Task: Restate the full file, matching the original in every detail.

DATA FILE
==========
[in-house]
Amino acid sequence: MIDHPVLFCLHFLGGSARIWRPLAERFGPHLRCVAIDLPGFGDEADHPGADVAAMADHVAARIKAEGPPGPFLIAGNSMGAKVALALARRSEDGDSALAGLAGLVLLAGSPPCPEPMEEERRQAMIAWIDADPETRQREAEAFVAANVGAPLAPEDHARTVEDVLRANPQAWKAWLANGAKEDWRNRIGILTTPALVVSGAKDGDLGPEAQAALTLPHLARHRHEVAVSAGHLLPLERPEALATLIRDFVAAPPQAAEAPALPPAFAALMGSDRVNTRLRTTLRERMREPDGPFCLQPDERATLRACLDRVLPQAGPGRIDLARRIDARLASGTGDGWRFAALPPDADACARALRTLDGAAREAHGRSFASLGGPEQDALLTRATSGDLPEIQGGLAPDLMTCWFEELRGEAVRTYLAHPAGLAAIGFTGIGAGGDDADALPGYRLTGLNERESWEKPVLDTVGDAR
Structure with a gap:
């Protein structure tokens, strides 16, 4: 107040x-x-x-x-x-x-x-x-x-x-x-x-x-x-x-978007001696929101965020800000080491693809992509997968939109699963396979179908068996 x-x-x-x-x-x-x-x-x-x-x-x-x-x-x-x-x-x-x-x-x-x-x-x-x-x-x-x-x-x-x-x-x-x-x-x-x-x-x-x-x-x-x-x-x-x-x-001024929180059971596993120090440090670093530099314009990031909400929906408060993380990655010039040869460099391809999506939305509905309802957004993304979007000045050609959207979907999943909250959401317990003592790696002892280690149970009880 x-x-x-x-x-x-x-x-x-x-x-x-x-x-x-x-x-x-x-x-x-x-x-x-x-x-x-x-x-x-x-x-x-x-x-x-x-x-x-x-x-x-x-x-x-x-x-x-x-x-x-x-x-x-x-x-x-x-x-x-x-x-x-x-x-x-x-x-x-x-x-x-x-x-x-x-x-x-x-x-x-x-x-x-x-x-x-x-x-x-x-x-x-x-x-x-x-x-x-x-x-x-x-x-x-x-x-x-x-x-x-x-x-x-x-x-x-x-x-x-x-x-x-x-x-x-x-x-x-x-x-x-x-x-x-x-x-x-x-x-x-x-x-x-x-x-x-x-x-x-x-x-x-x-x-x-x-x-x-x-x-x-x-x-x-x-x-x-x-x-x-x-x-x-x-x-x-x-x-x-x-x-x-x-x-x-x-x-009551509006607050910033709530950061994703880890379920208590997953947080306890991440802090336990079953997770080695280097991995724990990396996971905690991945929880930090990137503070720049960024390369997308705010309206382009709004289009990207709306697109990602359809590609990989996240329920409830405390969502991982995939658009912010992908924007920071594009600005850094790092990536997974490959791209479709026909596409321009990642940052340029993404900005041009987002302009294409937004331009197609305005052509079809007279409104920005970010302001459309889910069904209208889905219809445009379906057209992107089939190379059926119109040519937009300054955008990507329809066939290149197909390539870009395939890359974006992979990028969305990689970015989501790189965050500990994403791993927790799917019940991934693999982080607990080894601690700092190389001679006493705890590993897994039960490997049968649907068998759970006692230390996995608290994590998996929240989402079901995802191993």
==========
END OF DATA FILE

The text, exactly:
[in-house]
Amino acid sequence: MIDHPVLFCLHFLGGSARIWRPLAERFGPHLRCVAIDLPGFGDEADHPGADVAAMADHVAARIKAEGPPGPFLIAGNSMGAKVALALARRSEDGDSALAGLAGLVLLAGSPPCPEPMEEERRQAMIAWIDADPETRQREAEAFVAANVGAPLAPEDHARTVEDVLRANPQAWKAWLANGAKEDWRNRIGILTTPALVVSGAKDGDLGPEAQAALTLPHLARHRHEVAVSAGHLLPLERPEALATLIRDFVAAPPQAAEAPALPPAFAALMGSDRVNTRLRTTLRERMREPDGPFCLQPDERATLRACLDRVLPQAGPGRIDLARRIDARLASGTGDGWRFAALPPDADACARALRTLDGAAREAHGRSFASLGGPEQDALLTRATSGDLPEIQGGLAPDLMTCWFEELRGEAVRTYLAHPAGLAAIGFTGIGAGGDDADALPGYRLTGLNERESWEKPVLDTVGDAR
Structure with a gap:
């Protein structure tokens, strides 16, 4: 107040x-x-x-x-x-x-x-x-x-x-x-x-x-x-x-978007001696929101965020800000080491693809992509997968939109699963396979179908068996 x-x-x-x-x-x-x-x-x-x-x-x-x-x-x-x-x-x-x-x-x-x-x-x-x-x-x-x-x-x-x-x-x-x-x-x-x-x-x-x-x-x-x-x-x-x-x-001024929180059971596993120090440090670093530099314009990031909400929906408060993380990655010039040869460099391809999506939305509905309802957004993304979007000045050609959207979907999943909250959401317990003592790696002892280690149970009880 x-x-x-x-x-x-x-x-x-x-x-x-x-x-x-x-x-x-x-x-x-x-x-x-x-x-x-x-x-x-x-x-x-x-x-x-x-x-x-x-x-x-x-x-x-x-x-x-x-x-x-x-x-x-x-x-x-x-x-x-x-x-x-x-x-x-x-x-x-x-x-x-x-x-x-x-x-x-x-x-x-x-x-x-x-x-x-x-x-x-x-x-x-x-x-x-x-x-x-x-x-x-x-x-x-x-x-x-x-x-x-x-x-x-x-x-x-x-x-x-x-x-x-x-x-x-x-x-x-x-x-x-x-x-x-x-x-x-x-x-x-x-x-x-x-x-x-x-x-x-x-x-x-x-x-x-x-x-x-x-x-x-x-x-x-x-x-x-x-x-x-x-x-x-x-x-x-x-x-x-x-x-x-x-x-x-x-x-009551509006607050910033709530950061994703880890379920208590997953947080306890991440802090336990079953997770080695280097991995724990990396996971905690991945929880930090990137503070720049960024390369997308705010309206382009709004289009990207709306697109990602359809590609990989996240329920409830405390969502991982995939658009912010992908924007920071594009600005850094790092990536997974490959791209479709026909596409321009990642940052340029993404900005041009987002302009294409937004331009197609305005052509079809007279409104920005970010302001459309889910069904209208889905219809445009379906057209992107089939190379059926119109040519937009300054955008990507329809066939290149197909390539870009395939890359974006992979990028969305990689970015989501790189965050500990994403791993927790799917019940991934693999982080607990080894601690700092190389001679006493705890590993897994039960490997049968649907068998759970006692230390996995608290994590998996929240989402079901995802191993």